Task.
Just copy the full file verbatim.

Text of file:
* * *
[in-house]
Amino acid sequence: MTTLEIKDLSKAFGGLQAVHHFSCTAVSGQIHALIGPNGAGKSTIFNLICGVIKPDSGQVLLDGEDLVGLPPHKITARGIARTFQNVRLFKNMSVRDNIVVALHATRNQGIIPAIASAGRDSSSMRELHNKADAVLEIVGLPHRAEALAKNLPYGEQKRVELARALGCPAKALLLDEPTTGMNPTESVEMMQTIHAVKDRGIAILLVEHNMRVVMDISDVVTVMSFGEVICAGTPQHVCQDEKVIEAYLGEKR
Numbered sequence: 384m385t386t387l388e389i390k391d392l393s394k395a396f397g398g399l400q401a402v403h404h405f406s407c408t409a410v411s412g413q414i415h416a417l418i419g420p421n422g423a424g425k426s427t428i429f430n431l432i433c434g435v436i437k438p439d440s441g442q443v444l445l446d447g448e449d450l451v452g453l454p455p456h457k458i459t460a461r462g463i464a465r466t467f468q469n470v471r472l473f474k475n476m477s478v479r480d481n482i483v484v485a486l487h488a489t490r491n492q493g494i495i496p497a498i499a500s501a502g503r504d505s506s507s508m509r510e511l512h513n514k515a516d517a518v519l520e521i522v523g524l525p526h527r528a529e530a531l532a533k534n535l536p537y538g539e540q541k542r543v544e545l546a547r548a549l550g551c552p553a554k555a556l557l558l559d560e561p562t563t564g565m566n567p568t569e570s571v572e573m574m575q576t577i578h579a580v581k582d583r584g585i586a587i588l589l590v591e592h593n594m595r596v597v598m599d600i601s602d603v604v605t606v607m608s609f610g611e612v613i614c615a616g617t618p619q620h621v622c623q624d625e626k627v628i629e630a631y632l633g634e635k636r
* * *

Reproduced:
[in-house]
Amino acid sequence: MTTLEIKDLSKAFGGLQAVHHFSCTAVSGQIHALIGPNGAGKSTIFNLICGVIKPDSGQVLLDGEDLVGLPPHKITARGIARTFQNVRLFKNMSVRDNIVVALHATRNQGIIPAIASAGRDSSSMRELHNKADAVLEIVGLPHRAEALAKNLPYGEQKRVELARALGCPAKALLLDEPTTGMNPTESVEMMQTIHAVKDRGIAILLVEHNMRVVMDISDVVTVMSFGEVICAGTPQHVCQDEKVIEAYLGEKR
Numbered sequence: 384m385t386t387l388e389i390k391d392l393s394k395a396f397g398g399l400q401a402v403h404h405f406s407c408t409a410v411s412g413q414i415h416a417l418i419g420p421n422g423a424g425k426s427t428i429f430n431l432i433c434g435v436i437k438p439d440s441g442q443v444l445l446d447g448e449d450l451v452g453l454p455p456h457k458i459t460a461r462g463i464a465r466t467f468q469n470v471r472l473f474k475n476m477s478v479r480d481n482i483v484v485a486l487h488a489t490r491n492q493g494i495i496p497a498i499a500s501a502g503r504d505s506s507s508m509r510e511l512h513n514k515a516d517a518v519l520e521i522v523g524l525p526h527r528a529e530a531l532a533k534n535l536p537y538g539e540q541k542r543v544e545l546a547r548a549l550g551c552p553a554k555a556l557l558l559d560e561p562t563t564g565m566n567p568t569e570s571v572e573m574m575q576t577i578h579a580v581k582d583r584g585i586a587i588l589l590v591e592h593n594m595r596v597v598m599d600i601s602d603v604v605t606v607m608s609f610g611e612v613i614c615a616g617t618p619q620h621v622c623q624d625e626k627v628i629e630a631y632l633g634e635k636r